In the week just gone by, I was privileged to be part of the team from Walker Institute at the University of Reading, attending the United Nations 25th climate conference of parties or COP25 as it is better known. As an academic & conservation biologist, it was an eye-opener for me to attend a huge event where approximately 30,000 people come together over two weeks, with a view to tackling the climate crisis. And what an experience it was…
Day one, I attended the “Research and Non-Government Organisations” or RINGO briefing. This provided a brief insight into how the UNFCCC meeting would work over the two weeks, but the highlight for me during this meeting, was being successful in a ticket ballot to attend the ceremonial opening of COP25. The ceremony had a hard-hitting but inspiring speech delivered by the UN Secretary General António Guterres, while party delegates from various countries and non-party stakeholders were in attendance. The Secretary General warned that we were ‘sleep-walking’ into a disaster and challenged the delegates to choose a ‘path of hope’ over a ‘path of surrender’.
The same day I attended a side event organised by representatives from mostly developing nations discussing equity in delivering the Paris agreement. I also did a brief skype interview with the PhD students in the climate action studio, as part of COP CAS, in Reading trying to articulate the feelings of a first-time delegate. Over the next couple of days, I managed to attend several other side events, including an event exploring what happens if we miss our 1.5°C target and ones exploring nature-based solutions and sustainable farming. In addition, I attended events on climate resilience at the UK national pavilion, went to the launch of the SBSTA-IPCC special report on climate and land, enjoyed the ‘fossil of the day’ awards, and had numerous conversations with people from diverse backgrounds.
As I write this, I am still sifting through the myriad of emotions this event evoked in me. My ecologist guilt at flying to the event was slightly mollified by the fact that the shift of COP25 from Santiago, Chile to Madrid, Spain meant a shorter flight with a lower carbon footprint. The Regional Government of Madrid contributed to efficient transport by activating a special mobility plan for the duration of the conference. All delegates were provided with a free pass to access all public transport, and the metro stations and trains carried clear, concise and noticeable messages on the various ways this climate emergency is impacting our world today.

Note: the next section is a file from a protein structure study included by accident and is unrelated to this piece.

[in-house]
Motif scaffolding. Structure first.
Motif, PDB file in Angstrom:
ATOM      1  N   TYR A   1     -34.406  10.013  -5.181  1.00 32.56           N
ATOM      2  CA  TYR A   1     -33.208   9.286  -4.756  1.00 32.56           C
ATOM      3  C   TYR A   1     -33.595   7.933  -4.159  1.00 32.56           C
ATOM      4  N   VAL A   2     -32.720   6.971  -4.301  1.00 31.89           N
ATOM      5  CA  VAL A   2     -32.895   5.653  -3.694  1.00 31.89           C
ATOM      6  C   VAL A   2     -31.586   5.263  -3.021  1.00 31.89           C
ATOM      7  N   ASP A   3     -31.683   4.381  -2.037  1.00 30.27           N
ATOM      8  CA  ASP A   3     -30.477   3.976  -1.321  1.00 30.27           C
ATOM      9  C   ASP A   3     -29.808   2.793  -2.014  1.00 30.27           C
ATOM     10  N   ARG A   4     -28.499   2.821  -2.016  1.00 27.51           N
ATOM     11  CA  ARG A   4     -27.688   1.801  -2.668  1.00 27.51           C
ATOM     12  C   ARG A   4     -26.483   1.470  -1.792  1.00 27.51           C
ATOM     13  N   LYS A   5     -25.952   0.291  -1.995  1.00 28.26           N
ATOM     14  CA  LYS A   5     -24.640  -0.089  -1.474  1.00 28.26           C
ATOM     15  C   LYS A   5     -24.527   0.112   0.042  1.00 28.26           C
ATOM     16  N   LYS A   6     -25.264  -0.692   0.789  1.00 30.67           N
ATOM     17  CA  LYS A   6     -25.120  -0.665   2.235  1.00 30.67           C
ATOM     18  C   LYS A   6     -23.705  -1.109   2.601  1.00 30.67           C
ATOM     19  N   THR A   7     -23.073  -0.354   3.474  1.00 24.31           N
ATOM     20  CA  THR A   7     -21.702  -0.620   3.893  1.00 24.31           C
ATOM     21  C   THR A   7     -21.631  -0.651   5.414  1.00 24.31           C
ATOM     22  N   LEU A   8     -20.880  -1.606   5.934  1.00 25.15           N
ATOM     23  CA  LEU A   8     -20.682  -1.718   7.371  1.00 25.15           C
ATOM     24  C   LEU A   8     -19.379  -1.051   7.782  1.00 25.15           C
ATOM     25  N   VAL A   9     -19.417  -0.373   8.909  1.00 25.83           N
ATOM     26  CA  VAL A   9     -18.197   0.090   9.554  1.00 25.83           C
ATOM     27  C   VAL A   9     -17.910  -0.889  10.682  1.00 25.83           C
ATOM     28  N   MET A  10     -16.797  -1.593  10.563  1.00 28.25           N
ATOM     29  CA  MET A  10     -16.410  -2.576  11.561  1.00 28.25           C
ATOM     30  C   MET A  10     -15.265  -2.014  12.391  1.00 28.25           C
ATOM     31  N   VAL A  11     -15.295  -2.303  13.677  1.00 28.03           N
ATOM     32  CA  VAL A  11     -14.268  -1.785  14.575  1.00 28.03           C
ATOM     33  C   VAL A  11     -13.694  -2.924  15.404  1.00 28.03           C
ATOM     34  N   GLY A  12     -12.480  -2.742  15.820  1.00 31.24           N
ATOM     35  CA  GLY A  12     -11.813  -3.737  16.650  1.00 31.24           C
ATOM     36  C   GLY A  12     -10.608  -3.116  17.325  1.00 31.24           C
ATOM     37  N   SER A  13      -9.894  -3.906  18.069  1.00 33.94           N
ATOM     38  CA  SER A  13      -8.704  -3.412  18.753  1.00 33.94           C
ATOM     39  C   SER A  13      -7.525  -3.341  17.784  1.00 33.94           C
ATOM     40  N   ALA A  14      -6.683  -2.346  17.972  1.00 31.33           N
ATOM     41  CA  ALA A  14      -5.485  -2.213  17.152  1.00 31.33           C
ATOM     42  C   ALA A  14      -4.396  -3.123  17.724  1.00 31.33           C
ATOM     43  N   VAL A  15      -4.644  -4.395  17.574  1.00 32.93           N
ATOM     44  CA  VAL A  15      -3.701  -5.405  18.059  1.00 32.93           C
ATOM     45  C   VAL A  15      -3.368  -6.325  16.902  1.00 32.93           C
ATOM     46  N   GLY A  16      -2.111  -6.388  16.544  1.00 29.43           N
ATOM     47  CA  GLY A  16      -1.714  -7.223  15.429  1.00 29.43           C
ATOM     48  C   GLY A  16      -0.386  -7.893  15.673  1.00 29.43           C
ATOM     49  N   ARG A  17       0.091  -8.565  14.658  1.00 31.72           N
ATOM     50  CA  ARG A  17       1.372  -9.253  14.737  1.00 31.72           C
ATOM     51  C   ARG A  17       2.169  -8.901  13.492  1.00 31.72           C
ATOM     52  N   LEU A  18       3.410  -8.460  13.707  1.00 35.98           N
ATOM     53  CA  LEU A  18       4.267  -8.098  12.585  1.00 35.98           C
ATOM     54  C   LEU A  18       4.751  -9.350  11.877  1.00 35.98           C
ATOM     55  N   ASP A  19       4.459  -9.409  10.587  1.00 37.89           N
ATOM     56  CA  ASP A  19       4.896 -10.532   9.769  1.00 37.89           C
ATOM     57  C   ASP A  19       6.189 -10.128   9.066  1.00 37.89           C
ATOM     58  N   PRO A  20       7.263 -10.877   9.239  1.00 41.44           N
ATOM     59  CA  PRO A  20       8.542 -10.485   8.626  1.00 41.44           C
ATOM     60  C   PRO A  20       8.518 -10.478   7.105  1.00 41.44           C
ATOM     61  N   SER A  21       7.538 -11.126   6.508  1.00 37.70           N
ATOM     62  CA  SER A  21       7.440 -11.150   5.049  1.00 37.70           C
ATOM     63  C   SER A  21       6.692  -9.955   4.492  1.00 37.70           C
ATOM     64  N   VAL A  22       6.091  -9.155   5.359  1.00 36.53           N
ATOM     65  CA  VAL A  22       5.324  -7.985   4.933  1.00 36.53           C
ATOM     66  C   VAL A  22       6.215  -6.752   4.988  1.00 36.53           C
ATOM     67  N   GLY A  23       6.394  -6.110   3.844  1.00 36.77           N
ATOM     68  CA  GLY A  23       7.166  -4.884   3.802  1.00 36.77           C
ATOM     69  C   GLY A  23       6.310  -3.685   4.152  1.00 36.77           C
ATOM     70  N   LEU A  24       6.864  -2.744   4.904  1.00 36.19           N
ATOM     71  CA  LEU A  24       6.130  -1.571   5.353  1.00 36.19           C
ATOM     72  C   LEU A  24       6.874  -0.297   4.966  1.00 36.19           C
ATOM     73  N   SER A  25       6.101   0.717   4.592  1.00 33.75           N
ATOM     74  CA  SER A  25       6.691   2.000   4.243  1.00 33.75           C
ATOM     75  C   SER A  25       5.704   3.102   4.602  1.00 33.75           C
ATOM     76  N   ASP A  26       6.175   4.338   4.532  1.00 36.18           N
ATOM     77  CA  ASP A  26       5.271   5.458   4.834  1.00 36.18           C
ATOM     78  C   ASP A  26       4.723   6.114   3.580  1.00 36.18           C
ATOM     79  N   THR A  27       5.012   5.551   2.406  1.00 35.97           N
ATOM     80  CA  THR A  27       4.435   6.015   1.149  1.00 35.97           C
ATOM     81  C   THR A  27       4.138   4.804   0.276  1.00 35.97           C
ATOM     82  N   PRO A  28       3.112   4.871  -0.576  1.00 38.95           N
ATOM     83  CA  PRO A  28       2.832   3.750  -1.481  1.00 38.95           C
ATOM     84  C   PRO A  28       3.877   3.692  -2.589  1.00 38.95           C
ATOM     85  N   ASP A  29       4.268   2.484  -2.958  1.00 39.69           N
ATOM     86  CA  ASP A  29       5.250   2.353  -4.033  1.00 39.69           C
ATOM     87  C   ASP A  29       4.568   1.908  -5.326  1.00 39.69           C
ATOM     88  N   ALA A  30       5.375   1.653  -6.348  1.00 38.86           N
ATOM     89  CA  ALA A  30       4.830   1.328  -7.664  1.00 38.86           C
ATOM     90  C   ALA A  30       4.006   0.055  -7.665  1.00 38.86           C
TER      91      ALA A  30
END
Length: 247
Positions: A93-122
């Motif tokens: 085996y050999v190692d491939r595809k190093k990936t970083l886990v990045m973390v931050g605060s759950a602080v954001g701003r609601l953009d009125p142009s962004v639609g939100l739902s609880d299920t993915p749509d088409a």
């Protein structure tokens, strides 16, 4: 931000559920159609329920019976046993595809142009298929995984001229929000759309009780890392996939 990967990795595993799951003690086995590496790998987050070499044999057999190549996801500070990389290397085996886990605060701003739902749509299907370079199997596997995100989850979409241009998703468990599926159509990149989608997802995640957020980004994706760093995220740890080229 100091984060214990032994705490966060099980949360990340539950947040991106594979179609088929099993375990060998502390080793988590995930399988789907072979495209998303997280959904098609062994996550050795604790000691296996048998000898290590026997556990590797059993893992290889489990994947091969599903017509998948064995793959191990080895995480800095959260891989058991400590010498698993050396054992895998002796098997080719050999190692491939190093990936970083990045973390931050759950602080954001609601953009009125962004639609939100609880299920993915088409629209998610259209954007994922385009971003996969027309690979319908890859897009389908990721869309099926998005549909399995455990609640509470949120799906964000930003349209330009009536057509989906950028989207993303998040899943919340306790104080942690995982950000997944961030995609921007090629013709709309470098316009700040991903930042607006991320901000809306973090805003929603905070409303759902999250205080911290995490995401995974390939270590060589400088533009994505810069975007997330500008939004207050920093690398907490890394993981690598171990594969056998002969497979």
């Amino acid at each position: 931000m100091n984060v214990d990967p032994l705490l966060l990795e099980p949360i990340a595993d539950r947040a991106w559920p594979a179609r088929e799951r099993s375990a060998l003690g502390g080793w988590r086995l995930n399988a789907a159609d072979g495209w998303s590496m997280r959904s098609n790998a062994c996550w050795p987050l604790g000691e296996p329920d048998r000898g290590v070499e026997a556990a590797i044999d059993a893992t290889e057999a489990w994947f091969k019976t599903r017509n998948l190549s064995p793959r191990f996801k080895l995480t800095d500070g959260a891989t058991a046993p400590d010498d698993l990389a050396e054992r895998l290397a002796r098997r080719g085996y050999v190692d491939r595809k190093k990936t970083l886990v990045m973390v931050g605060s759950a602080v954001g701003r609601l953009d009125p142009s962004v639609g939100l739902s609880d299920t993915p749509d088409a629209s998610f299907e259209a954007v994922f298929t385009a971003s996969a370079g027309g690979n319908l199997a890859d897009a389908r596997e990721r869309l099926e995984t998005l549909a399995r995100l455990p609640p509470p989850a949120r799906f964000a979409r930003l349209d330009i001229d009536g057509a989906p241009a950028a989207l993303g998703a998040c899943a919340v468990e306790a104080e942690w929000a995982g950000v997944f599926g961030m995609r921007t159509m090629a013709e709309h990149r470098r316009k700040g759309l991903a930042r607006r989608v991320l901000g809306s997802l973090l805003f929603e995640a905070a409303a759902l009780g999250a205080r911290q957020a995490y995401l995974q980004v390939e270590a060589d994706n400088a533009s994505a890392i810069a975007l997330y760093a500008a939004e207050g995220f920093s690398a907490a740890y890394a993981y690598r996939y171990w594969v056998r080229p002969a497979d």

The fact that this whole event and all the associated logistics were organised in the space of four weeks was nothing short of amazing.
For a first-timer delegate like me, navigating the maze of high-level events, side events, events at national pavilions, researcher briefings, press conferences and pop-up talks was quite challenging. COP25 was a melting pot of political agendas, non-government interests, researcher ideas, indigenous voices and civil action (just to name a few) all happening simultaneously. Sometimes it felt like being caught in a cacophony of conflicting sounds and other times it was inspiring to see people from diverse backgrounds coming together in an attempt to find common ground and solutions that transcend geographic and political boundaries.
As much as I enjoyed the organised events, I felt it was the one-on-one conversations that happened organically that I gained the most out of. A researcher from Fiji who now works in climate justice in Sweden, a career ecologist from USA who has gone back to university to re-train and specialise in environmental law, teenagers and twenty-somethings who have started climate action in their backyards, conversations with individuals from UK Gov / Defra working on climate resilience and sustainable land management issues – these were what moved, enthused and challenged me to engage more with the issues surrounding the climate emergency, more so than I do now.
My research mainly focusses on climate and biodiversity issues. This event gave me an opportunity to learn more about other aspects of the climate crisis including climate justice, climate finance, the difficulties in implementing the Paris agreement across different nations and harsh reality faced by small indigenous communities from the Pacific islands, the Amazonian rainforests and the Canadian Tundra who are watching their homes being devasted and ruined in front of their eyes. I did feel that we in the developed world are quite insulated from these every day realities even though we ourselves are experiencing the rise in frequency intensity of extreme events. While there were voices talking about carbon credits and best ways to finance adaptation and mitigation, there were other voices saying, “Nature is not for sale” and must not be commodified. The real practical solutions, I fear, fall somewhere in between.
I was only there for three days but COP25, for me, was inspiring, challenging and bewildering in equal measure. I was confronted by the enormous scale of the problem that we face, but also encouraged by the fact that thousands of people were in the same place, invested in this process, and individuals, groups and communities are mobilising action across the globe at present. As an ecologist and conservation biologist, I came away with the optimism and certainty that provided we work together, sustainable land management and nature-based solutions can still provide answers to tackling this climate emergency within the next decade. There is only a narrow window of opportunity, but we can definitely still engage and make a difference - #TimeForAction!
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